CW: Oh yeah, the book felt angry to me, at times. Or…cranky. But it’s also playful. I think the kind of grab bag quality the book has is part of what made me think my feelings of discomfort were there by design. Or that, rather than trying to put together something seamless, Wenderoth was trying to make something a little rougher, a little disjointed. To me, it felt more defiant than apathetic.

Zucker also does a lot to undermine her own wit, or complicate it with self-doubt or reservation. The voice in a lot her poems is strong, but unsure of itself, or too smart not to call itself into question. If Wenderoth is self-hating, what is Zucker?

VC: Zucker is the epitome of the modern woman—filled with existential anxiety, stress, uncertainty, and ambivalence.  I love her and can identify with her in many ways, but she is way more candid than I am or would ever be comfortable being.

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CW: It’s an unanswerable question maybe, but I wonder how crafted the actual digressions/associations are. For example, in a poem like “the meanest thing i ever said,” the list of activities, her illness, the movie she’s watching, the book she’s reading, the things she’s noticing, all accumulate and feel poetically right, but also realistic. Every disparate thing connects in some way that feels emotionally or intellectually right. So it feels crafted, on the one hand. But I can just as easily picture Zucker doing these things, or a lot of people doing these things, then sitting down to write a poem about the last few weeks and realizing, oh, shit, look at how all sort of brilliantly this all sits together.

VC: I sometimes wonder about Zucker and craft—I imagine she, like most poets, goes through her poems line by line, word by word, period by period and labors over them. She seems rather obsessive. But oddly, a lot of her work, like you are saying, seems very loose and almost stream of consciousness. It’s like you’re sitting at lunch with her in New York, there’s all this noise around you, and she’s dumping all of her daily problems on you, and you just want to get up and get a danish but you can’t because she just keeps on going and keeps you mesmerized. I think, though, that’s the trick of work that is good—it often makes the reader think, “Hey, I can do that too!” And as we all know, writing isn’t very easy. How many aspiring novelists do you meet a day? Everytime I read a children’s book, I think, “That’s it?” But every word is labored over so that it seems easy, but I think it’s really not.

CW: If you’re at lunch in NYC with Zucker, where are you with Wenderoth?

VC: In his bathroom watching him do unspeakable things with little plastic toys.

CW: Can you leave us with a representative sample from each, and a few thoughts on the sample?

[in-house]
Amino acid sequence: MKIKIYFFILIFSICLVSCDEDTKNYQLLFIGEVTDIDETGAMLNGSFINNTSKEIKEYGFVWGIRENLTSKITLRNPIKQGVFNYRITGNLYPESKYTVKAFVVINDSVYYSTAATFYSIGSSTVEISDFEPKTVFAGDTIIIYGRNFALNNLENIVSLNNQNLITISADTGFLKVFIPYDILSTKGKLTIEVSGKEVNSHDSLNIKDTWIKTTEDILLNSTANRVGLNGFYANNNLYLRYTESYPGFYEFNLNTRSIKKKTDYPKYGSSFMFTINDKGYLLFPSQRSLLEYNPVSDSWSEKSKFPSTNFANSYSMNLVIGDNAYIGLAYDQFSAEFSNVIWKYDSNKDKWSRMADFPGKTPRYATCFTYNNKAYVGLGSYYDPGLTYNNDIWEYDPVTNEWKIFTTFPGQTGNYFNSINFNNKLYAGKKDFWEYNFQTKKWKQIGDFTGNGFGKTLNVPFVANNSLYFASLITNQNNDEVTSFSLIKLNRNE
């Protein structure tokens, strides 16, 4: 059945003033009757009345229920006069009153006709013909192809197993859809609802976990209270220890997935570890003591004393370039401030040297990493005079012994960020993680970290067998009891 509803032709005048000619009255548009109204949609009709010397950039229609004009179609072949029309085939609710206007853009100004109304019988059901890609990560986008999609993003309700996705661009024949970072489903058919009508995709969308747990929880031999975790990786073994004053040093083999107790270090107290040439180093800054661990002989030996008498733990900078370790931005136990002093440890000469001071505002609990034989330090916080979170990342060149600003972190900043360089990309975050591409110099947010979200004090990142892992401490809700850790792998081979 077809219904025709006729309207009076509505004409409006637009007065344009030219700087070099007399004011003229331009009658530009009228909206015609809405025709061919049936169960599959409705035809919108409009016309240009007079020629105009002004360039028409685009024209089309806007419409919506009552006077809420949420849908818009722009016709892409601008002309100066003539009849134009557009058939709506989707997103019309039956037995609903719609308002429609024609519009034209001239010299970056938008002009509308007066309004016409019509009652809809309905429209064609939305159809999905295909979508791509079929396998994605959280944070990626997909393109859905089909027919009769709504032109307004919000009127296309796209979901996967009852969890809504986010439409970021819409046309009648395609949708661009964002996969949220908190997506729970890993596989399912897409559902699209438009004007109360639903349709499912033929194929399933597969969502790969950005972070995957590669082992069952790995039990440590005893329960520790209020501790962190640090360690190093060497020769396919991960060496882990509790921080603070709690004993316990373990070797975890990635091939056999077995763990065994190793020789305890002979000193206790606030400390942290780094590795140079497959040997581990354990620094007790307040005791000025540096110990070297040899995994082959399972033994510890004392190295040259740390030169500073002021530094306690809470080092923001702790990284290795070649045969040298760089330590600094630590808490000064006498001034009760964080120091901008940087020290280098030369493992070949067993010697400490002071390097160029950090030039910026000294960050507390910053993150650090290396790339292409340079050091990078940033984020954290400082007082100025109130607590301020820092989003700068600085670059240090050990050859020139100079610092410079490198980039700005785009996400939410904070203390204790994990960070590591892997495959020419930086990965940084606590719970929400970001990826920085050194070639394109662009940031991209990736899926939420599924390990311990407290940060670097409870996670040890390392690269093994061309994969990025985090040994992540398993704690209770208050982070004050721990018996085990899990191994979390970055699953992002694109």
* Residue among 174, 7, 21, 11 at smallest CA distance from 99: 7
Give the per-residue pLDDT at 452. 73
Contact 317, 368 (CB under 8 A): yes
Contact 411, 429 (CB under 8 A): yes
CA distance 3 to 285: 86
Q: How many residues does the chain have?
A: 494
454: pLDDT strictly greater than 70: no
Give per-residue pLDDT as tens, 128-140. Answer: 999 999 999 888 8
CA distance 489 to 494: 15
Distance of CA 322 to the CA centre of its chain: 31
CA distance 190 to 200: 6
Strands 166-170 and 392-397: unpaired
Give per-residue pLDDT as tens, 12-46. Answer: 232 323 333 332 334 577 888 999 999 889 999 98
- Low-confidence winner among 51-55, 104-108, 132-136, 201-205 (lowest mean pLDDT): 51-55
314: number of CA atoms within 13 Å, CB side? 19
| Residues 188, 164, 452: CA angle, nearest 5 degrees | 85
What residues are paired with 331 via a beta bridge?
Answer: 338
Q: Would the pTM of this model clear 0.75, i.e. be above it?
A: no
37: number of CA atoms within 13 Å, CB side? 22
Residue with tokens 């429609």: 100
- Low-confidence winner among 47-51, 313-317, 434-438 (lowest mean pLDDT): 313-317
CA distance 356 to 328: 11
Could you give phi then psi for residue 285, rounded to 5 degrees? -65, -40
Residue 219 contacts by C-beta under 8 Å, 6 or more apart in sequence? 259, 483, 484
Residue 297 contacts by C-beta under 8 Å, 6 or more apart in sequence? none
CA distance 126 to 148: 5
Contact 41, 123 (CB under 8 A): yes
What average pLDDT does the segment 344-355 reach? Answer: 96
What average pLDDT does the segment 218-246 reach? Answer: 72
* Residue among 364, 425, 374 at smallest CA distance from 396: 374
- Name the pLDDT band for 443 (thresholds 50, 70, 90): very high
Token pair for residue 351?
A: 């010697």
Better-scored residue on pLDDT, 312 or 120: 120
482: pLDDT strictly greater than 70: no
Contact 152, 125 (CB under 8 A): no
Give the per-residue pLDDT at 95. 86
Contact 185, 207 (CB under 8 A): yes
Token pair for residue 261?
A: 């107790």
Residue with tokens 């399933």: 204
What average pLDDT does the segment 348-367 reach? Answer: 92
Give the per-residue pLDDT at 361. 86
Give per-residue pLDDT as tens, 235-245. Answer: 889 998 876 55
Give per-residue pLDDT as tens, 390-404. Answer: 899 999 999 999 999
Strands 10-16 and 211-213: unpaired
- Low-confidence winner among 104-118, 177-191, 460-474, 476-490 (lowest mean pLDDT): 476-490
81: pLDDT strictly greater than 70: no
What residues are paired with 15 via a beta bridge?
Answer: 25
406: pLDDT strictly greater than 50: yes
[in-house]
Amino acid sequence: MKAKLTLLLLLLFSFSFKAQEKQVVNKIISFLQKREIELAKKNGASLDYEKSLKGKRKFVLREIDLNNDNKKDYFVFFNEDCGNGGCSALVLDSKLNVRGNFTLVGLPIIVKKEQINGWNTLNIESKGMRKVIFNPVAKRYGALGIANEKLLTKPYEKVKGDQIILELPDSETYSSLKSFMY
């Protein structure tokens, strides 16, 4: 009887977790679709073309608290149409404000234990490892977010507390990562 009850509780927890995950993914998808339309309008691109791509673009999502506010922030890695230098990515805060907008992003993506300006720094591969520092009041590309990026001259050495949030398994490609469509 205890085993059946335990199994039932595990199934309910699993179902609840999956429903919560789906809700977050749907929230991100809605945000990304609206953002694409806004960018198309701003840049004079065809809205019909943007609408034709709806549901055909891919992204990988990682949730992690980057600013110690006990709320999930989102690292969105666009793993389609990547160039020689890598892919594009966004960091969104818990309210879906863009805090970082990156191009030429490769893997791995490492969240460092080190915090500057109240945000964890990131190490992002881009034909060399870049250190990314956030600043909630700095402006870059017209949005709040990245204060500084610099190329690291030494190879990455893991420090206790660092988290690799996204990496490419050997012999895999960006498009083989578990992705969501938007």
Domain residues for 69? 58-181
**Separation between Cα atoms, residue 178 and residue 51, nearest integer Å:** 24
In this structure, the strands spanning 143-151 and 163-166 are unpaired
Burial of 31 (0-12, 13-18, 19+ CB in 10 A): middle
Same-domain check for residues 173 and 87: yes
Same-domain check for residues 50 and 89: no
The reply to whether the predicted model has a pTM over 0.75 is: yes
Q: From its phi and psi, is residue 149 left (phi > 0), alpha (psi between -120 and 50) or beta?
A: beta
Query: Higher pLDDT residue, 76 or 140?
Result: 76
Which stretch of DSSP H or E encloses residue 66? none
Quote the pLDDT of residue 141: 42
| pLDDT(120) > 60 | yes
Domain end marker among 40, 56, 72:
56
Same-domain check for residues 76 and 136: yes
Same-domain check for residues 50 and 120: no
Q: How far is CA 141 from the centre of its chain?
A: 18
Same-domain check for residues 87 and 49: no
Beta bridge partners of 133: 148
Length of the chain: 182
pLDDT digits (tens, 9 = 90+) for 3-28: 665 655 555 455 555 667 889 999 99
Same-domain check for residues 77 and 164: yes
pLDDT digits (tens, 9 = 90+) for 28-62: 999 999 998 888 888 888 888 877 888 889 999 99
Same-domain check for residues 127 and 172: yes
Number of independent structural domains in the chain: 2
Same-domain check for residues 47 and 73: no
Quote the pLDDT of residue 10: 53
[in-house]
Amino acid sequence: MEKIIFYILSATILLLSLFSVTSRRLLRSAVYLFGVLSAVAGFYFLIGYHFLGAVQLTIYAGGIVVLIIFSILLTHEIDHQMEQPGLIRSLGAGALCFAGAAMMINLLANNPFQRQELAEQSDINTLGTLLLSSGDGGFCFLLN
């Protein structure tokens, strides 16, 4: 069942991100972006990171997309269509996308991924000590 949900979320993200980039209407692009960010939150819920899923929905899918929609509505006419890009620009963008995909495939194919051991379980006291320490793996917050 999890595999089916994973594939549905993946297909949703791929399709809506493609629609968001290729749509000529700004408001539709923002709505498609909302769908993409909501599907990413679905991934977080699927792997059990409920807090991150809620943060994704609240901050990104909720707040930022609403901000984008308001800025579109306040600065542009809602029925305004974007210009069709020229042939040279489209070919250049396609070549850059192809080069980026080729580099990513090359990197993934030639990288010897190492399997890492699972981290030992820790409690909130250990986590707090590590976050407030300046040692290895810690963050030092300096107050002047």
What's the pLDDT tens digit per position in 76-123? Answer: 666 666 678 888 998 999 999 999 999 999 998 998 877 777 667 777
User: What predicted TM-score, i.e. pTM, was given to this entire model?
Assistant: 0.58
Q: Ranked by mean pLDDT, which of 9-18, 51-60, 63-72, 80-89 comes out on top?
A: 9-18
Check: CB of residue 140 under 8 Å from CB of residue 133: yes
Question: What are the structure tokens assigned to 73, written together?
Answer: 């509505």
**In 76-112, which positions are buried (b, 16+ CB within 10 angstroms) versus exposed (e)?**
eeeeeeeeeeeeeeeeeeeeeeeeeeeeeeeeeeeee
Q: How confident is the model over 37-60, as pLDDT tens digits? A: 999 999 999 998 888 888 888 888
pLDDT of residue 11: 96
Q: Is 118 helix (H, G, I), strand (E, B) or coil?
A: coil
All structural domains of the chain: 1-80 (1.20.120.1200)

VC: I liked “How to write post-eidetic poetry” by Wenderoth, which might as well be in prose form, but something about this weird “how to” poem just kept my attention as a reader—to the point, I was actually paying attention and visualizing this mosquito being cinched.

How to Write Post-eidetic Poetry

What you do is you take some dental floss

(well, wait—

first I should say that there is a mosquito on your leg,

and it is biting you)—

waxed or unwaxed, it doesn’t matter—

and you gently loop the floss

around the mosquito’s abdomen

(preferably between abdominal segment

one and abdominal segment

two).

Then you gently knot it—

and gently is really the key here—

if you make it too tight,

you may tear away the entire body

from the head and wings.

So be gentle,

and gently knot it …

and then gently …

gently …

pull …

If you are successful,

the mosquito will no longer be biting you,

and its stinger will not be lodged in your leg,

which means that your wound won’t itch as much—

won’t even be a wound, really.

Your success, however, leaves you with a problem.

You may not be able, that is, to untie the floss …

without hastening the mosquito’s death.

And you can’t just leave it on …

because what kind of life

could a mosquito cinched in floss

lead?

Would he even be able to fly?

The only way to really answer that question

is to take the floss-cinched mosquito

and go jump off a cliff.

If the mosquito is able to fly, you will know.

Here’s an example of Zucker’s work—not my favorite necessarily, but I thought her use of dialogue in the book was interesting and was successful in capturing real searing human emotions:

“I’m not angry,” she says.

“That’s the first nice thing you’ve said all day,” she says.

“I am listening,” he says.

“When you ask me what’s wrong, that’s what’s wrong,” he says.

“I don’t care if you write a children’s book,” he says.

“Don’t laugh at me,” she says.

“I was trying to help you,” he says.

“Stop talking,” say the children.

Colin Winnette’s fourth book, Coyote, (Winner of Les Figues Press’s NOS Book Contest), will be released in late 2014. His next novel, Haints Stay: A Western, will be released by Two Dollar Radio in 2015. A full list of interviews from this series can be found at colinwinnette.net.